GTPase Regulators And Their Antibodies

Fri, 12/11/2009 - 10:00

Researchers routinely use GTP binding antibodies for the research of human disease. Thus it is worthwhile to provide a recap of the GTP binding process.

GTPases, a type of heterotrimeric G proteins, are essential to all metabolic functions. They act as molecular switches on the cell membrane, activating in response to various chemical signals. For example hormones, cytokines, physical stresses and cell-to-cell communications all activate downstream pathways. The interactions are complex, each requiring a different GTP protein. These function as molecular switches to activate or deactivate specific cellular responses.

G-proteins work by hydrolyzing GTP (guanosine triphosphate). They switch between active and inactive states, depending on whether they are GTP (guanosine triphosphate) or GDP (guanosine diphosphate) bound. In their active (GTP) state, they interact with effectors to initiate a downstream signal. In their GDP state this signal is non-functional.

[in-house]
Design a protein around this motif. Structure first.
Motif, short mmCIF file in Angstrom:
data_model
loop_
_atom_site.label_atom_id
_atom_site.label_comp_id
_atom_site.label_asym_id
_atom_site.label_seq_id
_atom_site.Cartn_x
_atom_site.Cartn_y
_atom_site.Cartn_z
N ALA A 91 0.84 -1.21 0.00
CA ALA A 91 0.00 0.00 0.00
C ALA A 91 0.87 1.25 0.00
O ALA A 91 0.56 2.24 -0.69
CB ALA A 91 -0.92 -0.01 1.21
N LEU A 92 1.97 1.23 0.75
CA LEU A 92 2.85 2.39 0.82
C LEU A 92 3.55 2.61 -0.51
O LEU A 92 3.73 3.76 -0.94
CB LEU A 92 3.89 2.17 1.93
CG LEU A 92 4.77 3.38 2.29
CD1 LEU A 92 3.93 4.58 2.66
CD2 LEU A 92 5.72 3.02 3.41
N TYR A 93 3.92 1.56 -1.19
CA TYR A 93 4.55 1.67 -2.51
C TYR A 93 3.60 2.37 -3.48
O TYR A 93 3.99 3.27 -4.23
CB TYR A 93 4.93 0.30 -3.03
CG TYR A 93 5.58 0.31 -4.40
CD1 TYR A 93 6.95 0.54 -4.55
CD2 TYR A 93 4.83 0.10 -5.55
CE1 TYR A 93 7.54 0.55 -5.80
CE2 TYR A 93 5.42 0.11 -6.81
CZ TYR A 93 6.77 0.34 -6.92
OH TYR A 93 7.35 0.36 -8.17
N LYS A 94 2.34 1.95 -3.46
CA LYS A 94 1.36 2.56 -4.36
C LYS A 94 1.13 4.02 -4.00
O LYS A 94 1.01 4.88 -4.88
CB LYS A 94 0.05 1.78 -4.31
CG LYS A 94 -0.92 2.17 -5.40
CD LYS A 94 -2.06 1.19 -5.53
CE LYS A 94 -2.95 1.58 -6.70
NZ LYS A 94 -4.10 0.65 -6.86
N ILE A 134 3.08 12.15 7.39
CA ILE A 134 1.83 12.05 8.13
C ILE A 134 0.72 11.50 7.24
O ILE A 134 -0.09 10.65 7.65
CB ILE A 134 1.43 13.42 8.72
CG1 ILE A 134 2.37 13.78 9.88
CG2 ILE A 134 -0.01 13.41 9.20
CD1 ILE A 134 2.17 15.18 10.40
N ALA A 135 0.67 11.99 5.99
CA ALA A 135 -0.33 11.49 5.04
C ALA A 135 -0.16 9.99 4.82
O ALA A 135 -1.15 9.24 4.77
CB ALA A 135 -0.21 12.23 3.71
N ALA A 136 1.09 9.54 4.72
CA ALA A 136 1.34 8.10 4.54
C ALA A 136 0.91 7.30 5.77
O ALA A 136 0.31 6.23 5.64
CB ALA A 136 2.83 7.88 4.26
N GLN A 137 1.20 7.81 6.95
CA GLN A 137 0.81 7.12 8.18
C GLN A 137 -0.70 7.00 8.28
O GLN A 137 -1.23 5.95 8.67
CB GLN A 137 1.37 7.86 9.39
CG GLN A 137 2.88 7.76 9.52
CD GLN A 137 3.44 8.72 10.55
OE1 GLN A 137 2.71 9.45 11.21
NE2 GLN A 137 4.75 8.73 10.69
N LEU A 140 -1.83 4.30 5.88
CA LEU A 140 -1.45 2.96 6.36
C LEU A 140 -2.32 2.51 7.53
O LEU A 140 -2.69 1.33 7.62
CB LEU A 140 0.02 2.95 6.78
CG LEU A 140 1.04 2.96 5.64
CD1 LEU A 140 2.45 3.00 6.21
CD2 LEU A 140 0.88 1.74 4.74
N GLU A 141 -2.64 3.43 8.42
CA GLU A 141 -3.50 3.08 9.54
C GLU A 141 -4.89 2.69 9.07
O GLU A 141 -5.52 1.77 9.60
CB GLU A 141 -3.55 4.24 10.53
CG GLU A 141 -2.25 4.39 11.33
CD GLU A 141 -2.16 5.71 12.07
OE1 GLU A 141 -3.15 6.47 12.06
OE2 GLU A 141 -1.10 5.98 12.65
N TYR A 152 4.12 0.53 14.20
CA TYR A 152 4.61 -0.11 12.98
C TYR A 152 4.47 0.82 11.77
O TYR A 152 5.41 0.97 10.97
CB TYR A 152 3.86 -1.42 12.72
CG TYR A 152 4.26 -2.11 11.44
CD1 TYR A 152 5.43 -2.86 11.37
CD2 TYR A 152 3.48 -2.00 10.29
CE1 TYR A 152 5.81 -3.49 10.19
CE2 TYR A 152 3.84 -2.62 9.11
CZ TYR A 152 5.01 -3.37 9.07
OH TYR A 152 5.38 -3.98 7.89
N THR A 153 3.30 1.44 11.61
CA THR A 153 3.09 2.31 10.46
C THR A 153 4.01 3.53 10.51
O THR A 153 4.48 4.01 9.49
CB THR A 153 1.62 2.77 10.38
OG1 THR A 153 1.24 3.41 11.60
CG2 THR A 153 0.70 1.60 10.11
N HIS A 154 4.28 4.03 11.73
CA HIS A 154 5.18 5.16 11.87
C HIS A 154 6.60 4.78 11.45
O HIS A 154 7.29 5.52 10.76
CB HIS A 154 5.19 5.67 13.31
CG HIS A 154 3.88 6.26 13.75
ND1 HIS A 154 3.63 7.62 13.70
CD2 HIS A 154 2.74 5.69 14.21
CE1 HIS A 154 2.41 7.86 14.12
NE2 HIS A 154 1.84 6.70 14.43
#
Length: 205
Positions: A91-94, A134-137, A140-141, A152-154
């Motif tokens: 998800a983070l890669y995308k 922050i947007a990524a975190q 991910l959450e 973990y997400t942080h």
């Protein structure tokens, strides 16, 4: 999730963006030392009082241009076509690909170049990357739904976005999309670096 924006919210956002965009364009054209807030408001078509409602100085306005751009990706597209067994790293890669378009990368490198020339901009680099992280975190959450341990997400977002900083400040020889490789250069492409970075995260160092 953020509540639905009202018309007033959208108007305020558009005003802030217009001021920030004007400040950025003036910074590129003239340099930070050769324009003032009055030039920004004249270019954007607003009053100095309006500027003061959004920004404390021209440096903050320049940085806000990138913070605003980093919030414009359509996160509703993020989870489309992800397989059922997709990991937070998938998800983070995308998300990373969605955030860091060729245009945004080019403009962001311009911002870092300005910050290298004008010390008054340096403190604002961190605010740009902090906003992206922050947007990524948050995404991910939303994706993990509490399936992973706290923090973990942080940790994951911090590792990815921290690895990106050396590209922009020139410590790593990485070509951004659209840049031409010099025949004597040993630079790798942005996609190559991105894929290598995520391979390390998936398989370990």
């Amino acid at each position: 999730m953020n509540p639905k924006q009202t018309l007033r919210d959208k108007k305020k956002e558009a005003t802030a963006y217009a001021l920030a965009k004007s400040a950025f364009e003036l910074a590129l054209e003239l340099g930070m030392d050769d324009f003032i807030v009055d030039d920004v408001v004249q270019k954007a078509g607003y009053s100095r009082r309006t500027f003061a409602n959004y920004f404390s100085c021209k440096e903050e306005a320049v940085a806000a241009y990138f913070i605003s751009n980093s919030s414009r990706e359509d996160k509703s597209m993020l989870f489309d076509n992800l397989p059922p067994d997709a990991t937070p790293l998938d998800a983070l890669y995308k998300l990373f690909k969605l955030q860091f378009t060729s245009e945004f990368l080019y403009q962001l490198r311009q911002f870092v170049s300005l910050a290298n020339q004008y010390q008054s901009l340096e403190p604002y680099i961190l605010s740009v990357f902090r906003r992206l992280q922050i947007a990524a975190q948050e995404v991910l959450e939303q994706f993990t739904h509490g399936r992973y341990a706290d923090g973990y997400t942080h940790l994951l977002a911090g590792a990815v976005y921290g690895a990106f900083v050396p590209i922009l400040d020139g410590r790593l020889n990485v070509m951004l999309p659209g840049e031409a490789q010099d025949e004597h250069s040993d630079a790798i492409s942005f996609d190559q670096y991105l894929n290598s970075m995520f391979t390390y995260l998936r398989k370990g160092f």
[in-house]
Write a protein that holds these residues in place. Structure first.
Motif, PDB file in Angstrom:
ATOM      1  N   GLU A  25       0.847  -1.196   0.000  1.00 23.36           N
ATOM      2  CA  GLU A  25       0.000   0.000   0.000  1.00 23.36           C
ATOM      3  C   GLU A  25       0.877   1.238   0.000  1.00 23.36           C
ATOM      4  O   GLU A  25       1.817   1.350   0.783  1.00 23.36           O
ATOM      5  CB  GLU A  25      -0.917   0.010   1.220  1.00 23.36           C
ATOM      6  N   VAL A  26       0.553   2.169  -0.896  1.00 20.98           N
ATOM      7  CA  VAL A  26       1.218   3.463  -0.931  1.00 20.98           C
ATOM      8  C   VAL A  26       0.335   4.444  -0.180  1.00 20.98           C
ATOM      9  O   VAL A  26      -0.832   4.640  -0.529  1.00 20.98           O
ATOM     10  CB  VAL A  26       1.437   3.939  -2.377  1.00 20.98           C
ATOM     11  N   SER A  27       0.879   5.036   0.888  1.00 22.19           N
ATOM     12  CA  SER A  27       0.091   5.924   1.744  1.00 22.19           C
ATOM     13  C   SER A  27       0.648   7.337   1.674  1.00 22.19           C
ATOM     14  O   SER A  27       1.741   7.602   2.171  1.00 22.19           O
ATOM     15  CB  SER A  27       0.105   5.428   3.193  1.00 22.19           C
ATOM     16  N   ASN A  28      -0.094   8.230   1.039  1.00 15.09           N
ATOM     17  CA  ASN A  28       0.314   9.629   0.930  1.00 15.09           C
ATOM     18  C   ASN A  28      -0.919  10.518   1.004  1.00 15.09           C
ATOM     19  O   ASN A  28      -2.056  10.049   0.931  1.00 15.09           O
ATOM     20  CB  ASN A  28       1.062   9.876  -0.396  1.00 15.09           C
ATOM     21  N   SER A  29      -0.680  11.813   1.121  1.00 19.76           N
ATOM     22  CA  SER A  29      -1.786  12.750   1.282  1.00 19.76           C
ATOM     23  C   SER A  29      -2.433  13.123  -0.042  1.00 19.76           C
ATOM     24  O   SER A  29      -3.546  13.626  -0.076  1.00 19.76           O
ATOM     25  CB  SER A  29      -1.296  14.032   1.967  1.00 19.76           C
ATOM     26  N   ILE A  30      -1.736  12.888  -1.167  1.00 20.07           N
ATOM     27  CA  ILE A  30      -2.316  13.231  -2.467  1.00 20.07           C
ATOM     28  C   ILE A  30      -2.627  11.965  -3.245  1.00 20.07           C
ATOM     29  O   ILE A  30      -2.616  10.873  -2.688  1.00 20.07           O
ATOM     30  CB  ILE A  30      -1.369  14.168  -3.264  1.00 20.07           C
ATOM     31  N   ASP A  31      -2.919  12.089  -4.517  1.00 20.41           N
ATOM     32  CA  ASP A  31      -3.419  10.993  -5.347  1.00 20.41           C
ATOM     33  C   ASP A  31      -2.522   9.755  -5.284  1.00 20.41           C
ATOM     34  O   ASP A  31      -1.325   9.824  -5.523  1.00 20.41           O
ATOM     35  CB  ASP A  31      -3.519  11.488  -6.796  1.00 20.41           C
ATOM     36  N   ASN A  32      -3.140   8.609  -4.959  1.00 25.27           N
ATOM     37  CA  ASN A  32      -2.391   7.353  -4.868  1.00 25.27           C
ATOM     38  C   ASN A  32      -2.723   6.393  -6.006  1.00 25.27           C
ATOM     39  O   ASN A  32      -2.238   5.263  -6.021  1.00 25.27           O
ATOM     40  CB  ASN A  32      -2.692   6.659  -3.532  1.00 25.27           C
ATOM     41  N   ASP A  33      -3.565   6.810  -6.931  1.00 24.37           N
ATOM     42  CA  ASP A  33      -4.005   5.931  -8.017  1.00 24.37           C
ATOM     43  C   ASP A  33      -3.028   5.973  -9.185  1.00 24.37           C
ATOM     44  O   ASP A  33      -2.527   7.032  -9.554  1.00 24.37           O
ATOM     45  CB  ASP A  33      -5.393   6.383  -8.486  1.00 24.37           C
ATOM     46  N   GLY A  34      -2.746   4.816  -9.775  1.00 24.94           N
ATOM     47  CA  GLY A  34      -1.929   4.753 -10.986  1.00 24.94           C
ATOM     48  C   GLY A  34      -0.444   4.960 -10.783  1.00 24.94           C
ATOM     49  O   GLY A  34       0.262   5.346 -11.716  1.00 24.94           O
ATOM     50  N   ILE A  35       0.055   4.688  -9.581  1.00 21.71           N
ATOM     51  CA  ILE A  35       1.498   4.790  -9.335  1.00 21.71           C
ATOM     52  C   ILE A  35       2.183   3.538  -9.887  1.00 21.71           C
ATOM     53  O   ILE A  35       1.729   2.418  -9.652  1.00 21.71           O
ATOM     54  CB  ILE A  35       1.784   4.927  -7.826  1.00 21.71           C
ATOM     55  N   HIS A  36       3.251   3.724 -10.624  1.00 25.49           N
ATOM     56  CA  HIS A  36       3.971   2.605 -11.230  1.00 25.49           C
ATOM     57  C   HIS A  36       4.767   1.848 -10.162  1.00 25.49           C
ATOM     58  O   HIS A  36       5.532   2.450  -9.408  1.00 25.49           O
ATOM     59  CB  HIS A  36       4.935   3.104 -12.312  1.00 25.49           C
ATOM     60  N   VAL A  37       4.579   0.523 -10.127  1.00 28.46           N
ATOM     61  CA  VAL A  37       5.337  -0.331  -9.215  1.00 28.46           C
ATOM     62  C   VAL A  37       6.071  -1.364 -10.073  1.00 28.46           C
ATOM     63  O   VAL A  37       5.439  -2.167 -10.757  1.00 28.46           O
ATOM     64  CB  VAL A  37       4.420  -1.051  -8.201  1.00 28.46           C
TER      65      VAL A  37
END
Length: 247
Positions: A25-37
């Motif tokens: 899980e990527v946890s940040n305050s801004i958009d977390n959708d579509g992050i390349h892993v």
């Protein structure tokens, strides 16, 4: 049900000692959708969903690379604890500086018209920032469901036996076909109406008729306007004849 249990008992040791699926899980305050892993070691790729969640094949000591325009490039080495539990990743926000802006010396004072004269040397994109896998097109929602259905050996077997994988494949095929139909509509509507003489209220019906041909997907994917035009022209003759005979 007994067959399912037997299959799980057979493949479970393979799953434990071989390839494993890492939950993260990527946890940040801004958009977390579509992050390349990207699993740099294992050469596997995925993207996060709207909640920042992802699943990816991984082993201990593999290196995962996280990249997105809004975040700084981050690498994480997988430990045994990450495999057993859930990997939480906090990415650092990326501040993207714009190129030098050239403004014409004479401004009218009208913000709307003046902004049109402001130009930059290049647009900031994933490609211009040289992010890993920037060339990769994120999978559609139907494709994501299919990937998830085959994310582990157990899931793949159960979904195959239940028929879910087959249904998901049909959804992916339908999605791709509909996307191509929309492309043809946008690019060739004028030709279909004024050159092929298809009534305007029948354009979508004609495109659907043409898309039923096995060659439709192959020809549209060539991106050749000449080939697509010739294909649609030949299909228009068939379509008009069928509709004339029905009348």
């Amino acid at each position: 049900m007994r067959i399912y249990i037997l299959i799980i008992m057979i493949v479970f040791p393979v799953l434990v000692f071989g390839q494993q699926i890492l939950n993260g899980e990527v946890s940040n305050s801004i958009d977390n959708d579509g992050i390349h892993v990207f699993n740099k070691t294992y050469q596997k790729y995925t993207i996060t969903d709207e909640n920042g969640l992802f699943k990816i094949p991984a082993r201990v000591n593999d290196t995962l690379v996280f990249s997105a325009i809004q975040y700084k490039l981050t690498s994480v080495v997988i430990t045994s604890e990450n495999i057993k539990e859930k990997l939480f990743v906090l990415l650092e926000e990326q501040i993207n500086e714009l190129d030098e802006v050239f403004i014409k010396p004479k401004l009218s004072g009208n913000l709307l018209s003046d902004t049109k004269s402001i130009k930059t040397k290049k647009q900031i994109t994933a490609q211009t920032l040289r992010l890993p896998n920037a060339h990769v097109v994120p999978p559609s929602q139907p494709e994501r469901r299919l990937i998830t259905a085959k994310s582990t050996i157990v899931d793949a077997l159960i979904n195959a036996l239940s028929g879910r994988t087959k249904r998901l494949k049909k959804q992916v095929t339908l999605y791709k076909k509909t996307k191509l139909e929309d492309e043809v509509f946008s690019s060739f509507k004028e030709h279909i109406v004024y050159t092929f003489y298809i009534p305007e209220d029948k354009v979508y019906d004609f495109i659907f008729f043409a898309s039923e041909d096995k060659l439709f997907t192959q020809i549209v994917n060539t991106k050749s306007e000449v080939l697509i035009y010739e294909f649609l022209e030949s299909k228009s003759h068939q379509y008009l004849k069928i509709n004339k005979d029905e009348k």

G-protein activity is regulated by GEF (guanine-nucleotide exchange factor) activators, and GAP (GTPase-activating protein) ‘inactivators.’ We at Novus Biologicals have a full antibody database covering both activator and deactivator proteins.

GEF proteins translate signals from a variety of stimuli including G-protein-coupled receptors, receptor tyrosine kinases and adhesion molecules, to promote GTP binding and signal activation. The signals are terminated by GAP action, which promotes hydrolysis of GTP to GDP – thus returning the G-proteins to their inactive state. GDI (G-nucleotide dissociation inhibitors) regulators also exist, which are specific to the Rho/Rac and Rab sub-groups of G-proteins and also influence G-protein signaling via a GDP/GTP binding mechanism.

The use of antibodies to study G-proteins and their regulators is an important part of human disease research. We at Novus Biologicals have an enormous antibody database, to which new antibodies are constantly being added.

Blog Topics